At this year’s TechCrunch Disrupt SF, PlayStation and iPhone hacker George Hotz showed us the Comma One, a car add-on kit that will tap into a car’s existing hardware and give it an autonomous driving setting.
At the end of 2015, Hotz, the first guy to hack an iPhone, had modified an Acura ILX so that it had autonomous driving capabilities that rivaled Tesla’s autopilot. Now the CEO of his automotive artificial intelligence startup, Comma.ai, Hotz says that Comma One customers can expect to take delivery by the end of 2016.
The Comma One will cost $999, according to TechCrunch, with a $24 monthly subscription fee for its software. Hotz says that the kit will be released in very limited numbers to select Honda and Acura ILX models with lane keeping assist systems and built-in front radars in the Bay Area. Once installed in the place of a rearview mirror, customers will be able to drive from “Mountain View to San Francisco without touching the wheel.”
This is not meant to turn your car into a fully autonomous vehicle. Hotz is careful to note that. Rather, “it’s a fancy cruise control.” Drivers still need to stay vigilant. They don’t have to touch anything until they feel that they need to, but they can’t just kick it and read a newspaper while the car is driving either.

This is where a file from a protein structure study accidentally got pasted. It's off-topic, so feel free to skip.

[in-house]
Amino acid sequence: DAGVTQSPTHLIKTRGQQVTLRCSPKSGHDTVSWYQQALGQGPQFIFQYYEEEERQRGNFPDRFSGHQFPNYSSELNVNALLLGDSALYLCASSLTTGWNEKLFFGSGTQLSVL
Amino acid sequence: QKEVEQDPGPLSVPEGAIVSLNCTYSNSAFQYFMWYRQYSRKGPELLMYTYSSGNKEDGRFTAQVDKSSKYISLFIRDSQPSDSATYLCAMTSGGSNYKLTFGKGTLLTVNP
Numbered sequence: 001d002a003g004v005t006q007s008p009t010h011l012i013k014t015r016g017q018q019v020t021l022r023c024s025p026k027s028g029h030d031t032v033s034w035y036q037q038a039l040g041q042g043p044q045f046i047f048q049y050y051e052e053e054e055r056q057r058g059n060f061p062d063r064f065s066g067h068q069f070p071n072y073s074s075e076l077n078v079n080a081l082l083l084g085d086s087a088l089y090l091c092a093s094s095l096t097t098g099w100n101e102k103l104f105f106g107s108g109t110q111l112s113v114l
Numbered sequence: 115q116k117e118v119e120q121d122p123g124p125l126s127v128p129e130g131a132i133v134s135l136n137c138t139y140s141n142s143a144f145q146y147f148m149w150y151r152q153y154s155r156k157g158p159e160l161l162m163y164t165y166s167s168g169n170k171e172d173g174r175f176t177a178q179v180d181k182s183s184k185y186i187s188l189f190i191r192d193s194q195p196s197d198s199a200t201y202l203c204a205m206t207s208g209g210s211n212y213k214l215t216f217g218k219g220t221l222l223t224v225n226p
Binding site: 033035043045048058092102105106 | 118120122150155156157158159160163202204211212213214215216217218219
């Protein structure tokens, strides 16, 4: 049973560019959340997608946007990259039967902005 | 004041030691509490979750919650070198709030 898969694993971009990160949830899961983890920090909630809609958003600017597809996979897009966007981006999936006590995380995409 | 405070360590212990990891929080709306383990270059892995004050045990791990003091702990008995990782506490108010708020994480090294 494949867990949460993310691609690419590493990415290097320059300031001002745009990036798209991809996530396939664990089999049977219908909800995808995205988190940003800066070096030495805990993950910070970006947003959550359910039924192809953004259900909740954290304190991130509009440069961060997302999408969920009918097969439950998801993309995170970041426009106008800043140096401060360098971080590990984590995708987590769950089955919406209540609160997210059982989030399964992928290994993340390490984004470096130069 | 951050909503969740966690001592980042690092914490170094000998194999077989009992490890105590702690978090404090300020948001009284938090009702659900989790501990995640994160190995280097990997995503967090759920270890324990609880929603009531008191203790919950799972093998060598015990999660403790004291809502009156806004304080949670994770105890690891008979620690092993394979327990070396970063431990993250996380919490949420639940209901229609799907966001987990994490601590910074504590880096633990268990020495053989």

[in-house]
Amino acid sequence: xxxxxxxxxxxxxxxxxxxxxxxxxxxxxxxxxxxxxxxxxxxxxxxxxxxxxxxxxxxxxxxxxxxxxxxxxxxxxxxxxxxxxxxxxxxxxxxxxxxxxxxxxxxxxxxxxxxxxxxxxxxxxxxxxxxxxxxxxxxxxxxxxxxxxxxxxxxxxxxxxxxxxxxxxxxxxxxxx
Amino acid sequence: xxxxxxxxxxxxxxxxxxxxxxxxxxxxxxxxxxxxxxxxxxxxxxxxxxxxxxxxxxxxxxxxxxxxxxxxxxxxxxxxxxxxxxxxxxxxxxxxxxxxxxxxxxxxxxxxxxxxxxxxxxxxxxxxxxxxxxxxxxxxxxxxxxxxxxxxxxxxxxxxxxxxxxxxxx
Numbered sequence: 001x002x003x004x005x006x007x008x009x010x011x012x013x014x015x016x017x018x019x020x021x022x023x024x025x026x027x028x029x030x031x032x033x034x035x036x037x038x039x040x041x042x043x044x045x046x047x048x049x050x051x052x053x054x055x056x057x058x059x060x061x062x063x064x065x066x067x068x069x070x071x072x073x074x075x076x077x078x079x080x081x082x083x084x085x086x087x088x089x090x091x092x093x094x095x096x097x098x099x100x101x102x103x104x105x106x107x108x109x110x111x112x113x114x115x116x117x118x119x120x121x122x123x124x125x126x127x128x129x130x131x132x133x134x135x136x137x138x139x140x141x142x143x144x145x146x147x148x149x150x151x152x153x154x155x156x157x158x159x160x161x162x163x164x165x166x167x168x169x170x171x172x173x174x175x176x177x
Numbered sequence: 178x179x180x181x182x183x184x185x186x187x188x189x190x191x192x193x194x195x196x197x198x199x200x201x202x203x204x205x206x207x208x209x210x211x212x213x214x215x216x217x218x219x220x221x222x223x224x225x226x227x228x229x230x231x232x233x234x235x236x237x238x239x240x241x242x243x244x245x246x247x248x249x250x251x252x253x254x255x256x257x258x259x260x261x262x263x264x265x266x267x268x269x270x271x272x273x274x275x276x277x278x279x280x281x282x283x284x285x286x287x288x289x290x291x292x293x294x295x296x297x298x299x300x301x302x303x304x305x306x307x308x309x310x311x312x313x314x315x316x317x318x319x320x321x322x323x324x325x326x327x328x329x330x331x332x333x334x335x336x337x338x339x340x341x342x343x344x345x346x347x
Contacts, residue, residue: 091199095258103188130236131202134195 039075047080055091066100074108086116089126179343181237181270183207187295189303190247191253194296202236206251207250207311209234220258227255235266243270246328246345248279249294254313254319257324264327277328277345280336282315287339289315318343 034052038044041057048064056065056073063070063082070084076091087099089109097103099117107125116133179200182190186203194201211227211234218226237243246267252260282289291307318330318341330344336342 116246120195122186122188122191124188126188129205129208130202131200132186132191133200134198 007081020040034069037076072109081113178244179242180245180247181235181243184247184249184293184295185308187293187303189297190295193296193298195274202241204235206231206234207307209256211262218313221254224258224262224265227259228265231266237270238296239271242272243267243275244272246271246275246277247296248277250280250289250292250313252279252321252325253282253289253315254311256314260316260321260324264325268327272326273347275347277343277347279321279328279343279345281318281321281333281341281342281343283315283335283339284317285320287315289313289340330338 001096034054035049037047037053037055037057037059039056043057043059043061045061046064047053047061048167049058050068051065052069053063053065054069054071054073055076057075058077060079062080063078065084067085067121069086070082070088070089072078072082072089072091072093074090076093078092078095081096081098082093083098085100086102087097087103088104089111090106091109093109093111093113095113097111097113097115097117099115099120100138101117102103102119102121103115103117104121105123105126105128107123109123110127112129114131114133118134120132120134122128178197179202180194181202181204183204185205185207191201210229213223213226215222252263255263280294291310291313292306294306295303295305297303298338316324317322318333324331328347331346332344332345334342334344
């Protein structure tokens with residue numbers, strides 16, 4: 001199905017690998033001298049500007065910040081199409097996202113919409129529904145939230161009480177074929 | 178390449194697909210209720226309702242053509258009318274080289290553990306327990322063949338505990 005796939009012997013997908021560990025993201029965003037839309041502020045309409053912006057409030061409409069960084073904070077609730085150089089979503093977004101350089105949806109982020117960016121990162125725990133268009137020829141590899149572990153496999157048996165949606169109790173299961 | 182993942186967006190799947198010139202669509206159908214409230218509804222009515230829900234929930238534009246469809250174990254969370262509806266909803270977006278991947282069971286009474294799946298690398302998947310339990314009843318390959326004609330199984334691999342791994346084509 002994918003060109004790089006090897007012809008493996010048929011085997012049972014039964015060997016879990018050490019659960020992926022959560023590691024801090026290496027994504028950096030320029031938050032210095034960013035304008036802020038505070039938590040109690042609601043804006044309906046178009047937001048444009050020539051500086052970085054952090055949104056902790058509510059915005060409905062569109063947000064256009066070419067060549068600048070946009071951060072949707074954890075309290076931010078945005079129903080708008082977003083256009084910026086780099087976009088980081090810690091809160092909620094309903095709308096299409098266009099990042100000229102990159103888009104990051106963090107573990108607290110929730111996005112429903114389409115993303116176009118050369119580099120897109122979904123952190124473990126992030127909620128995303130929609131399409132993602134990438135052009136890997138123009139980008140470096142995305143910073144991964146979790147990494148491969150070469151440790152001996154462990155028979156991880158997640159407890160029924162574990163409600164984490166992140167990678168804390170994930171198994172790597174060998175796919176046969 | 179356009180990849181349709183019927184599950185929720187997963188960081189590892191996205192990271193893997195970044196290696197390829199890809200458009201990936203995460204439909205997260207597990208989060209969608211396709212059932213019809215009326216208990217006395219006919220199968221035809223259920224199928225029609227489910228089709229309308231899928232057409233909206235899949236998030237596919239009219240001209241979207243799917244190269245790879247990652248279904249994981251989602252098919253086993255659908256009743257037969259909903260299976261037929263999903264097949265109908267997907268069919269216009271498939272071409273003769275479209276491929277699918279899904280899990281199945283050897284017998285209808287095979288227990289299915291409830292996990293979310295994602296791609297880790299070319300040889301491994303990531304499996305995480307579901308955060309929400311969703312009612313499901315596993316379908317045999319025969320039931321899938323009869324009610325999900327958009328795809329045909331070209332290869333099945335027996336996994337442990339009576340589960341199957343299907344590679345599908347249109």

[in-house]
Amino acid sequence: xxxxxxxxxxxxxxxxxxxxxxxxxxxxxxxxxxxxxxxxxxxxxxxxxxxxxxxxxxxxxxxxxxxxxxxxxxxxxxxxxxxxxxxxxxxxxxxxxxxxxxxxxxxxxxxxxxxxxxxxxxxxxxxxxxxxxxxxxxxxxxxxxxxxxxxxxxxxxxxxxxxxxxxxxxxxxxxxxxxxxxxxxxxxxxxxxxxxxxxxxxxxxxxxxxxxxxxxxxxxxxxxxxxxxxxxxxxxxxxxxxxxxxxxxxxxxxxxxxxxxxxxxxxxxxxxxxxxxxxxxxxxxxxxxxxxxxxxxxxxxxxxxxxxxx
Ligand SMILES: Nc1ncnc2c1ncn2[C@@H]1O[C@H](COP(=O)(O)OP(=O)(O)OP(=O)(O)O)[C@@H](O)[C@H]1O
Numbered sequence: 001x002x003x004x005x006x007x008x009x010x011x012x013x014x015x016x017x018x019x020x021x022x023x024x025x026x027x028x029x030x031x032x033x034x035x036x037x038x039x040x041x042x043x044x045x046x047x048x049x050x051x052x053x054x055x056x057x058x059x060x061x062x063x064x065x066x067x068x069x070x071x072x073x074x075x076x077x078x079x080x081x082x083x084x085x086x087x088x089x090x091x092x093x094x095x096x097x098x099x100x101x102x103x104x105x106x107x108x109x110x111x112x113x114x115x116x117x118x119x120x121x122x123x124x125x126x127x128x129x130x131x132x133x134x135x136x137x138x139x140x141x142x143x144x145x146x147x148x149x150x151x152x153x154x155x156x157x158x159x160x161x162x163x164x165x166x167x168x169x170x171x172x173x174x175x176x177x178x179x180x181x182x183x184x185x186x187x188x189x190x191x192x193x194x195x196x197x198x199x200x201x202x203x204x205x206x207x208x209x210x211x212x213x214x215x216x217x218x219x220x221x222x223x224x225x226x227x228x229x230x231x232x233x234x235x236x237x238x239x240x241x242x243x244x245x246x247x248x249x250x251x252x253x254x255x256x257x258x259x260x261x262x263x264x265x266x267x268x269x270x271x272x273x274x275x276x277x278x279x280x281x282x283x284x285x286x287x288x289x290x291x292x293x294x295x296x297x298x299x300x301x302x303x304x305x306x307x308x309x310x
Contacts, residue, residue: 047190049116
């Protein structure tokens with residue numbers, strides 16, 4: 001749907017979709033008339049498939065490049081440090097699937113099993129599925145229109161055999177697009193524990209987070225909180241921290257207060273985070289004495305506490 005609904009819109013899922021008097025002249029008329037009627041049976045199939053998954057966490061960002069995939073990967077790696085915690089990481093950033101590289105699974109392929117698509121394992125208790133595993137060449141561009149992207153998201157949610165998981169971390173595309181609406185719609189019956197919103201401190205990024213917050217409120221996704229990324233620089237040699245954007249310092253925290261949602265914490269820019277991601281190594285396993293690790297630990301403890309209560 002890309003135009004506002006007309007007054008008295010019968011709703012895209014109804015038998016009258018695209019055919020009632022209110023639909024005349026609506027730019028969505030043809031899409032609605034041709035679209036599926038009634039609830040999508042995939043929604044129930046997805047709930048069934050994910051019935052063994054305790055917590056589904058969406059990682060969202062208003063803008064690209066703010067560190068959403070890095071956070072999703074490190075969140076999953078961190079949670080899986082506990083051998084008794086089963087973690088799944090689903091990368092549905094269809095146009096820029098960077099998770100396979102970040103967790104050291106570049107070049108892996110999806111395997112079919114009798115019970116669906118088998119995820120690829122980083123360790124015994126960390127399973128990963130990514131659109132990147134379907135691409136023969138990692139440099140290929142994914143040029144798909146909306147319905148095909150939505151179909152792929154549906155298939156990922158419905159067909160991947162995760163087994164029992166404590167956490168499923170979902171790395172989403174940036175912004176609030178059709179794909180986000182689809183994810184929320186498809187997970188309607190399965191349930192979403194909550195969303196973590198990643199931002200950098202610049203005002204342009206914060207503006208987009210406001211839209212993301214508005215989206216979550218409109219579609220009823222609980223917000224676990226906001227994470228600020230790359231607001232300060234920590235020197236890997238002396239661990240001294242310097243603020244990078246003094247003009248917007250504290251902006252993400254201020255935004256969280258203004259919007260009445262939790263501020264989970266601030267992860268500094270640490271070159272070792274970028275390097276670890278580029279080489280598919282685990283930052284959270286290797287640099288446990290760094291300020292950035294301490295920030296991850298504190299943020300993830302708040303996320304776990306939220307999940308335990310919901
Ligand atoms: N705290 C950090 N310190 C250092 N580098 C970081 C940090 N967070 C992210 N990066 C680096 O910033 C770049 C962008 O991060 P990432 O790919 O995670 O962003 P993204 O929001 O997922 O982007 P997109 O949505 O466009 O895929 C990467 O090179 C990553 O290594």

Part of how Comma.ai collects data is through two apps where users can upload dashcam videos of them driving so that the system can aggregate everything and learn how to behave on the road. What makes the Comma One interesting is that it has a front-facing camera that will also collect driving data as it’s being used.
It’s a fascinating idea, because currently, how would anyone obtain a car with autonomous driving capabilities short of actually buying a new car? Hotz’s kit is a cheap alternative, although it’s still in very early stages of development. Hotz says that he’s not just limiting sales to private owners, he’ll sell to dealers, too. Anybody, really.
If Comma One is going to constantly feed data to Comma.ai, I’d also like to know how Hotz plans on doing that. Will it rely on Wi-Fi? On mobile data? And after a customer purchases the kit, how do they mount it? How would they get the system to “talk” to the car’s? Also, if it’s to take the same place as a rearview mirror, does that mean that a driver cannot easily replace the mirror if they wish to take control of the car again?
I have reached out to George Hotz with these questions and will update if I hear back.
In the meantime, check out Hotz’s interview with TechCrunch.